by Brad Nelson 8/20/15
Everyone wants to be a Hobbit. No one wants to be a Ranger • Conservatives don’t tend to be the touch-feely, artsy-fartsy types. They tend to be serious people (but with a healthy sense of humor). They are more likely to own a gun than a water pipe. They dig NASCAR, not those little Flintstone-like coffin cars driven by those who are trying to “save the planet” (but who might be better off saving themselves behind the solid metal of an SUV).
Still, one can appreciate the desire to be happy, free, contented, and full of the buzz of kumbaya. And you see that hope every day. You see the tie-dye liberals walking around, suspended sometimes on a cloud of fumes, and it can tug at your heart that what these grown children want is simply what most of us want: a little security, happiness, safety, friends, and a fulfilling sense of meaning.
And that’s all good. I admire this artsy-fartsy, touchy-feely crowd. We need compassionate people. We need nice people instead of mean people, even if they range toward the goofy just a bit. We need to surround ourselves with beauty and kumbaya vibes. That’s all to the good.
But from watching and thinking about The Hobbit and The Lord of the Rings lately, I couldn’t help thinking how nice Hobbiton (the land of the Hobbits) is. It’s a green environmental Utopia where everyone gardens, makes art, pals around with neighbors who are mostly of good cheer, sit on the porch and smoke weed, and have a glass of ale at the small corner pub and swap stories.
But as we see painfully portrayed in the books, Hobbiton is not a self-contained place. It is, in the end, devastated by outside forces of evil. It is an island that exists, and can only exist, because there are Rangers such as Strider unknowingly and selflessly protecting it. Being off to the side, to the West of Middle Earth, Hobbiton avoids many of the conflicts in and around the Eastern parts. But not forever, as we see in the books.
I would hope all conservatives understand, perhaps even share, the Utopian impulse to live a fulfilled, peaceful, and kumbaya life with like-minded people. But life does not allow sheep to live outside of the influence of wolves. And there are always wolves.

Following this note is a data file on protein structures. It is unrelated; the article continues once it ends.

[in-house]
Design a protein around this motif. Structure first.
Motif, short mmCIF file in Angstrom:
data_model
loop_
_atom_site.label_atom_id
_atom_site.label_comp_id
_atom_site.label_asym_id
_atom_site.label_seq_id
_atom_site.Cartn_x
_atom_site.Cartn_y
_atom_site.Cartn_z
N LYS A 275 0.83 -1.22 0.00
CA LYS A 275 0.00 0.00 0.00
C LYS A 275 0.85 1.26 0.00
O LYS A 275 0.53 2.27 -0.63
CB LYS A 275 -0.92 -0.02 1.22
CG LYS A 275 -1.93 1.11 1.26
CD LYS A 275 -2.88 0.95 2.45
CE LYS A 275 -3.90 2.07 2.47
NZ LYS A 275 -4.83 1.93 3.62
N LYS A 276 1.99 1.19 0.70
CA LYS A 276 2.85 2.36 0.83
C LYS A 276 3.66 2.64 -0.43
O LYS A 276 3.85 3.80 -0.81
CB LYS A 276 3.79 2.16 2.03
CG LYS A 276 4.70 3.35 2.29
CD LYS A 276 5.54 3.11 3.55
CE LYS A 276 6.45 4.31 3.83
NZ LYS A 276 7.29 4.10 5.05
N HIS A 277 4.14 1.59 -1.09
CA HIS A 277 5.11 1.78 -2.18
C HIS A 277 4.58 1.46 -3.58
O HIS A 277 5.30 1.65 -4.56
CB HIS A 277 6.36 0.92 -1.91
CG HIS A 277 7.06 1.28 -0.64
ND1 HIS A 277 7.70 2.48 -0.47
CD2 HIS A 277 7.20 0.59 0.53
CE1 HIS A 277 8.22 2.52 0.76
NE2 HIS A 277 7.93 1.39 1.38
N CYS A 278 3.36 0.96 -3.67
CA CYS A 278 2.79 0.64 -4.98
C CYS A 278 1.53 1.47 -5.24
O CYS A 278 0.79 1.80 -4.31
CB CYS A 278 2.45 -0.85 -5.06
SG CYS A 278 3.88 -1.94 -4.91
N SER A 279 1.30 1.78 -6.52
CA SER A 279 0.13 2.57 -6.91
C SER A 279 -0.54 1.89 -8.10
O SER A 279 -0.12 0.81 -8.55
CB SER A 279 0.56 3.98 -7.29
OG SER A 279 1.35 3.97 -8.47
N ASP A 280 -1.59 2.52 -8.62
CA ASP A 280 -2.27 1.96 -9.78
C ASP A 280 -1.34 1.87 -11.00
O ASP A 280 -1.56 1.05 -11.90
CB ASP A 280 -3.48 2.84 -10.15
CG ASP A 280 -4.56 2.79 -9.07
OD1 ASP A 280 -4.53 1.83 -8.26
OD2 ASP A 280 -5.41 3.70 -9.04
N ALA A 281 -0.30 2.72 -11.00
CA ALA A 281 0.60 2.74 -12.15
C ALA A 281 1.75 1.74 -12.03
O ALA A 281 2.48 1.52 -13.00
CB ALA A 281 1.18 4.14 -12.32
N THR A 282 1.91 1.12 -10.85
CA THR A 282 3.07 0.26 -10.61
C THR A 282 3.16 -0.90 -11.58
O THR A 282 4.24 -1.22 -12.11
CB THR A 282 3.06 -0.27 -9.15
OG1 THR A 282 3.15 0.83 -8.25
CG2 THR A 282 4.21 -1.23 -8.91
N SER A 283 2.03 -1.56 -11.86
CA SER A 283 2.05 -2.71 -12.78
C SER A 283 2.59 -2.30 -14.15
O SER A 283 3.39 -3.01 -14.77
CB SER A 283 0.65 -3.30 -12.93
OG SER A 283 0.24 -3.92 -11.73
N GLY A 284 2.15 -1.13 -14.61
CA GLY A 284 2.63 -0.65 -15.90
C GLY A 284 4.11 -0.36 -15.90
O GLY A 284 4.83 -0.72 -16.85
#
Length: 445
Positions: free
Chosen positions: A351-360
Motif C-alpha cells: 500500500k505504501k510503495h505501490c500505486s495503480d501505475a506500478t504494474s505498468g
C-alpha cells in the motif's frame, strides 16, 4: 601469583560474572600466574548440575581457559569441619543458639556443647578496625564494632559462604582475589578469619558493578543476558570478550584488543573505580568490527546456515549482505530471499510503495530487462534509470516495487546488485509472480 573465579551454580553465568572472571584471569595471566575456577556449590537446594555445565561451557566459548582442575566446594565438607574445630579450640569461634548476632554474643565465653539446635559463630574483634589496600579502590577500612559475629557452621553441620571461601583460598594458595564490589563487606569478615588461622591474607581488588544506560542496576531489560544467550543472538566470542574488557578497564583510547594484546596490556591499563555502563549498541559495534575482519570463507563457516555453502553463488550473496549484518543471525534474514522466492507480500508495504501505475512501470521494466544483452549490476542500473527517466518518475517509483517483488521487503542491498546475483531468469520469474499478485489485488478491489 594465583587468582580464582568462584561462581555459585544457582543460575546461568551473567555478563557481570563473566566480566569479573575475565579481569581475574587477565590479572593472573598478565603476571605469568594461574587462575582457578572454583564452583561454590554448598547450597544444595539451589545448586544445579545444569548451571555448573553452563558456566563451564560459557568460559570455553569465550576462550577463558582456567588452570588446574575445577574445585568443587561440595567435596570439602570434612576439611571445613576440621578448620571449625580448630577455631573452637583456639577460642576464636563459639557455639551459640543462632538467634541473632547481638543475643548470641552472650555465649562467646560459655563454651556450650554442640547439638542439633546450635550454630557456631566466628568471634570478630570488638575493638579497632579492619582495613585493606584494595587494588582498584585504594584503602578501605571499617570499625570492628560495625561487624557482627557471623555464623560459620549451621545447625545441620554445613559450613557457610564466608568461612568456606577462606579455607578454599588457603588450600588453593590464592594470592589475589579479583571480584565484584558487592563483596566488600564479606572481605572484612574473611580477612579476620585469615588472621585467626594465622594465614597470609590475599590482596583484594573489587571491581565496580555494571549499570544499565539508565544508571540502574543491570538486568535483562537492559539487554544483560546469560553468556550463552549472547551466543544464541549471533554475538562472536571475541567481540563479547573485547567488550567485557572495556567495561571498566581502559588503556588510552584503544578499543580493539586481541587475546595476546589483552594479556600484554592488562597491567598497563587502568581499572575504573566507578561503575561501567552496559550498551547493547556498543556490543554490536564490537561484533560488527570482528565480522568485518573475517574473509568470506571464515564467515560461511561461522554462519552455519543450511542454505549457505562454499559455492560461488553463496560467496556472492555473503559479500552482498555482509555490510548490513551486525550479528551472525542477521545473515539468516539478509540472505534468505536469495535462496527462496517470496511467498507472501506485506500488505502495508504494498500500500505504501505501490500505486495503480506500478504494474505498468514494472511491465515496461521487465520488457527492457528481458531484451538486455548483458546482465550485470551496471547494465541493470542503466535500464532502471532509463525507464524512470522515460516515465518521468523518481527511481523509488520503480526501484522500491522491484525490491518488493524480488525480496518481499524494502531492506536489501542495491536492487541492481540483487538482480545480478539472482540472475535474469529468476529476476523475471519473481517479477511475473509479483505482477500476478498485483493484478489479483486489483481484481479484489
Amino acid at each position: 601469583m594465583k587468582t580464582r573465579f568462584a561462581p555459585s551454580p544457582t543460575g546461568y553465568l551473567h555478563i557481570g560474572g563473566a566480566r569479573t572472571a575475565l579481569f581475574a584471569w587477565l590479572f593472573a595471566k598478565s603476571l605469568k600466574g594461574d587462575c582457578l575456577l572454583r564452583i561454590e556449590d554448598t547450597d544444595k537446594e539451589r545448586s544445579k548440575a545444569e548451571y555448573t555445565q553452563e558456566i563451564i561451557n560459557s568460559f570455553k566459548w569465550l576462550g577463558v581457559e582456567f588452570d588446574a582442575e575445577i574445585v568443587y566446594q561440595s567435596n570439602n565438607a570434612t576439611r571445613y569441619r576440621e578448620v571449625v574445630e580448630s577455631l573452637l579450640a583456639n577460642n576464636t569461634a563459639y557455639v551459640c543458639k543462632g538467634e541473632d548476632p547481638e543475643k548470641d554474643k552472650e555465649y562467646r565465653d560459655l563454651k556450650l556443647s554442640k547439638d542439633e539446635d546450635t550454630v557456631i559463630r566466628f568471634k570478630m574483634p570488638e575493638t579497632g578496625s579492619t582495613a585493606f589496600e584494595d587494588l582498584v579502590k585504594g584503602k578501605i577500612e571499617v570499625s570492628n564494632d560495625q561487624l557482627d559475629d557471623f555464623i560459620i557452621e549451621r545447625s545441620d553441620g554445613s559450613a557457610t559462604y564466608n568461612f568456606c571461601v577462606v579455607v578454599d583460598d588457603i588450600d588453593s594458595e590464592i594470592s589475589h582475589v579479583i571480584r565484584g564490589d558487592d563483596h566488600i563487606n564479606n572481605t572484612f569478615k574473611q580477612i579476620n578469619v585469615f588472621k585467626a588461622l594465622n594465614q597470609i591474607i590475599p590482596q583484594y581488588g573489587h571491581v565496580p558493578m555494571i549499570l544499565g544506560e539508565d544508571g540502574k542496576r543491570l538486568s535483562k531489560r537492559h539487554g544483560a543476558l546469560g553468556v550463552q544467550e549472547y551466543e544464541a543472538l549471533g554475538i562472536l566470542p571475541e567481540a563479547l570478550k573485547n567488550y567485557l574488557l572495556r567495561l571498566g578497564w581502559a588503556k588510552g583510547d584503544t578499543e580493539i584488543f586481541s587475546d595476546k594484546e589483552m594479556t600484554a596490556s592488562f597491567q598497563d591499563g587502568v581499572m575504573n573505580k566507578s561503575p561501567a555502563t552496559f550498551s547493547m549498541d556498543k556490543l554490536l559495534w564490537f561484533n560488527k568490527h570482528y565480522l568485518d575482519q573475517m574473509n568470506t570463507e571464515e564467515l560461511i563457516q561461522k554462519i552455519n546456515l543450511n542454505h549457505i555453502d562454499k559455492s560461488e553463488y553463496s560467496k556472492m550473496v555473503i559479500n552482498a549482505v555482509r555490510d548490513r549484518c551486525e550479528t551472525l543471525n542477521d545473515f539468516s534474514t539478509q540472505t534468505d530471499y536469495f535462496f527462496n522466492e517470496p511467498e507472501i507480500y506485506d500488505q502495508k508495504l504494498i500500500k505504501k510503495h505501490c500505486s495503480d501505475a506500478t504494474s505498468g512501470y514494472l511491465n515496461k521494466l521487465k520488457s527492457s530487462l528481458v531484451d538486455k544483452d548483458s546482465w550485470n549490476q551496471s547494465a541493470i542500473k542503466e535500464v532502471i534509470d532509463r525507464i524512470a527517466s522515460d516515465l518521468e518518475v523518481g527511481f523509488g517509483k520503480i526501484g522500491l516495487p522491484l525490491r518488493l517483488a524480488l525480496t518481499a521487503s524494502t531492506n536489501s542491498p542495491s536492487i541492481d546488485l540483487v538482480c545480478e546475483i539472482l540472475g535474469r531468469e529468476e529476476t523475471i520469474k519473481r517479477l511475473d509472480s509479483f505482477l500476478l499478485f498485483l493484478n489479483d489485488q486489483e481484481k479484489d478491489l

And it is a shame that this simple fact tends to put people at odds with those who would defend us from the harsh realities of the world. I’m sure that most of the Left’s animosity toward “pigs” is because the police are a reminder that their Utopian visions are false. The Utopian vision of the Left is that conflict arises because of racism, sexism, homophobia, Islamophobia, etc., focused and enhanced by a Christian/capitalist society that has become very good at exploitation — and not because there are many bad people in the world.
This is a child-like mindset, but we must remember that it is widespread and that some people turn very mean when their cherished delusions are challenged. For the True Believer, Utopia and a widespread kumbaya are very possible. And they are so in love with this idea that they become hostile to the sheepdogs, to those who would remind us that there are real dangers out there.
One can see this in the dealings with Iran. Certainly these dealings betray a host of Leftist weaknesses and delusions. But I think not least among them is the idea that kumbaya is what all people want and that therefore if there is some angst in the world, it’s somebody’s fault (America’s fault, in this case) because we have not been “fair” or sufficiently “sensitive” to the various needs of the tribal “people of color” in the third world. This belief is so powerful, they will overlook giving nuclear weapons to crazies.
Hobbotin is a very compelling image. But it cannot exist without someone safeguarding its borders. And as our society regresses to a child-like state, it’s perhaps no wonder we have no answer to the illegal aliens pouring over our own. We would simply wish-away the reality of the world and our necessity to engage it as it is. We can try to make “sanctuary cities” but they never do turn into Hobbiton. They are more likely to be places where dissolution is concentrated.
Still, it’s a wonderful image. And, ironically, the only way it ever has a chance of taking root is if one foot is in kumbaya and the other firmly planted in the reality that there is always a Mordor out there which must be defended against.
Brad is editor and chief disorganizer of StubbornThings.
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